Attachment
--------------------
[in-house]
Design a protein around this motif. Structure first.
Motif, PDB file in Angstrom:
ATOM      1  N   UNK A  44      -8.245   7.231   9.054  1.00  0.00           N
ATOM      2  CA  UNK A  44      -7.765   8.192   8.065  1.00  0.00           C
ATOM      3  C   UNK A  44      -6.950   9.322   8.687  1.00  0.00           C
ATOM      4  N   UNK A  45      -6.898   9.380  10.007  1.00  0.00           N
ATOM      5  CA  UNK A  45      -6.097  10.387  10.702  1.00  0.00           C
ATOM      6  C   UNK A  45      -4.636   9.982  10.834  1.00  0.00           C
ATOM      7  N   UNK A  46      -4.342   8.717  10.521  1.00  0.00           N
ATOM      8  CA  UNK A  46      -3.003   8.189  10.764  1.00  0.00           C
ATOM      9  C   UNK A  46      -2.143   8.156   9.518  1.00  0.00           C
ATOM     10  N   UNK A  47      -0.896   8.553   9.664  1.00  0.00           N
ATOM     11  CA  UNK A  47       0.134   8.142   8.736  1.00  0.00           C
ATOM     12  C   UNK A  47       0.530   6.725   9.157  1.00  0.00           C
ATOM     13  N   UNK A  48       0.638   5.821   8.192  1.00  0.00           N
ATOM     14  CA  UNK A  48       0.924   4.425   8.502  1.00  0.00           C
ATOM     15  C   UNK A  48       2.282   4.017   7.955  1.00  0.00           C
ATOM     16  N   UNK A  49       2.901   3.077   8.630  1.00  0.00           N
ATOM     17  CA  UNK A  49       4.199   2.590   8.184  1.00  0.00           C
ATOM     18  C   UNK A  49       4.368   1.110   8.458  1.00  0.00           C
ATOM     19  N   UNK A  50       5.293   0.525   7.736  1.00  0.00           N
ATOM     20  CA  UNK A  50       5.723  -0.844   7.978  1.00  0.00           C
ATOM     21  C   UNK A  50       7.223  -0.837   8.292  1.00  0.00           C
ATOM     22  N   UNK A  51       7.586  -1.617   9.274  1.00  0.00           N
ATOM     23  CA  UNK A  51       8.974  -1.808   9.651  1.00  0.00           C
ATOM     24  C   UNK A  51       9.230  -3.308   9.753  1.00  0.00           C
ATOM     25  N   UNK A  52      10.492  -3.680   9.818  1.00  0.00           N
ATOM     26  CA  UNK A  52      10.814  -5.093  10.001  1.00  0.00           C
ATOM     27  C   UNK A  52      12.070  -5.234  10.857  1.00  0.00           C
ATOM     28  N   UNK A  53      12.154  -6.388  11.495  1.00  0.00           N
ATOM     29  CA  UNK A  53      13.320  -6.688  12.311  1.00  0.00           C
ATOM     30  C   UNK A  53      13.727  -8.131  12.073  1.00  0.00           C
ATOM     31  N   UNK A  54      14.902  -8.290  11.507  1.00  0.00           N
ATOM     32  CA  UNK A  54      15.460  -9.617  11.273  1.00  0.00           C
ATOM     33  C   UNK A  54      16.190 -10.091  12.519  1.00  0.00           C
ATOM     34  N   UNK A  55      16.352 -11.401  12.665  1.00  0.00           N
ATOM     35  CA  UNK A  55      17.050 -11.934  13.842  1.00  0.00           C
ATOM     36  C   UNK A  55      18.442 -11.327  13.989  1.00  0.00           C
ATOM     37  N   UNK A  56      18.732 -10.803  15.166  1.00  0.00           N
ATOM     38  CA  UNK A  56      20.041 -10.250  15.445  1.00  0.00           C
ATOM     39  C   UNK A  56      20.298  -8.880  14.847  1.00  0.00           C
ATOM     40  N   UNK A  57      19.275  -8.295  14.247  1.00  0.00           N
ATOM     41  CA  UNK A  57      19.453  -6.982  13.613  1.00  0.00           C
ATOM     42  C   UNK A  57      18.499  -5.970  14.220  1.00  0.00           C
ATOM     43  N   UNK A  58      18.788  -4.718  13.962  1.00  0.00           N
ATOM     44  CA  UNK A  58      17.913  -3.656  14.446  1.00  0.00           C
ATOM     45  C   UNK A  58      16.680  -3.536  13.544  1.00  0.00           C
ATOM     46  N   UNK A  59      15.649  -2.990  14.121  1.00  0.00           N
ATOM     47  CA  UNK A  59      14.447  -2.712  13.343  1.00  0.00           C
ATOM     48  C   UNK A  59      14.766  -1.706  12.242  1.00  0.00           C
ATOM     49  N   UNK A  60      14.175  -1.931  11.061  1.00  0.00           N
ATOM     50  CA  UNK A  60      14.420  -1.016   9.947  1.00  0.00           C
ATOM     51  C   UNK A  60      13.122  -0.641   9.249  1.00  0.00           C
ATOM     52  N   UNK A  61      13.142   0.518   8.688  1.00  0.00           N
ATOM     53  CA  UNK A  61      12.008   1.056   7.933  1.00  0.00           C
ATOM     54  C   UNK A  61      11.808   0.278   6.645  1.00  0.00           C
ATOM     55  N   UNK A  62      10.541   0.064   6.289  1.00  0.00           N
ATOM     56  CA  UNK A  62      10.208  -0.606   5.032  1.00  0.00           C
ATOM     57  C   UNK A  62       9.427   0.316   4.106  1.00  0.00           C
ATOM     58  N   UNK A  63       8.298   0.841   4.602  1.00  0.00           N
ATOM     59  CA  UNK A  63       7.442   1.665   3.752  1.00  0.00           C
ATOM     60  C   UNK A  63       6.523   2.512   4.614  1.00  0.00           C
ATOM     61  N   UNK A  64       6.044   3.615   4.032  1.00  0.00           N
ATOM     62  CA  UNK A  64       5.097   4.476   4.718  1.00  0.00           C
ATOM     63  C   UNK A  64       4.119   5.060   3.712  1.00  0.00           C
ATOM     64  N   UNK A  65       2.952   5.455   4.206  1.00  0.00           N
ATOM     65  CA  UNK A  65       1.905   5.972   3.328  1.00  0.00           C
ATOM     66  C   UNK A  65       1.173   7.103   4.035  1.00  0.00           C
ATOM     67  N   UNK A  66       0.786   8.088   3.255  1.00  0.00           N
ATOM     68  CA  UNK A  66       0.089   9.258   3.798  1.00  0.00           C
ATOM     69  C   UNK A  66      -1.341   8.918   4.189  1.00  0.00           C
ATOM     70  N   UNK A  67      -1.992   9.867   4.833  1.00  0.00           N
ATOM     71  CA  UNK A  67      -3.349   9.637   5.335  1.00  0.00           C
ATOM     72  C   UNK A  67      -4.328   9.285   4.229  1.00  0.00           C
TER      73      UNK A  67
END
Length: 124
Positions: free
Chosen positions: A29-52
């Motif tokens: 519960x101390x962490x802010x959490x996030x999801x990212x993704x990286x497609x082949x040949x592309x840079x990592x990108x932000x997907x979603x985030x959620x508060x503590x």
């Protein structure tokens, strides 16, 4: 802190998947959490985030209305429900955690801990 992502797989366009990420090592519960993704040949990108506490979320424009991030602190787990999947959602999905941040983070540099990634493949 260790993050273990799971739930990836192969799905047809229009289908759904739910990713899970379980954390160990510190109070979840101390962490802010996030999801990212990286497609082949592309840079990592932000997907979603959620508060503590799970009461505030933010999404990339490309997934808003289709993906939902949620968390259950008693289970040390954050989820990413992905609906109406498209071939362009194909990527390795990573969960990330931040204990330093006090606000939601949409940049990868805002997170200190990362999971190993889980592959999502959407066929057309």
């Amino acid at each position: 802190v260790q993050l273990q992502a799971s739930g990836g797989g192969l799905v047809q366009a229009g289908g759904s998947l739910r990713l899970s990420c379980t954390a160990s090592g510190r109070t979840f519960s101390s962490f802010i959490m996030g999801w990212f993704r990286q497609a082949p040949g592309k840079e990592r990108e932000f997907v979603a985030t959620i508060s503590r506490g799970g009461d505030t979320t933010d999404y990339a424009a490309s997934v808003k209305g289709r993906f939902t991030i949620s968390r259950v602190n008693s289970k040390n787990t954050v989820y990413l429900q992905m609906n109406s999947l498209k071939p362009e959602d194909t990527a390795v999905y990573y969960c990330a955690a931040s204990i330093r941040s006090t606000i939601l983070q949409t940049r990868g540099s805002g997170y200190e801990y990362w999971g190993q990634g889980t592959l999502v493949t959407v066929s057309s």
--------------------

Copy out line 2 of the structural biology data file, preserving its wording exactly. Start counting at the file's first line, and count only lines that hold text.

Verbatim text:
Design a protein around this motif. Structure first.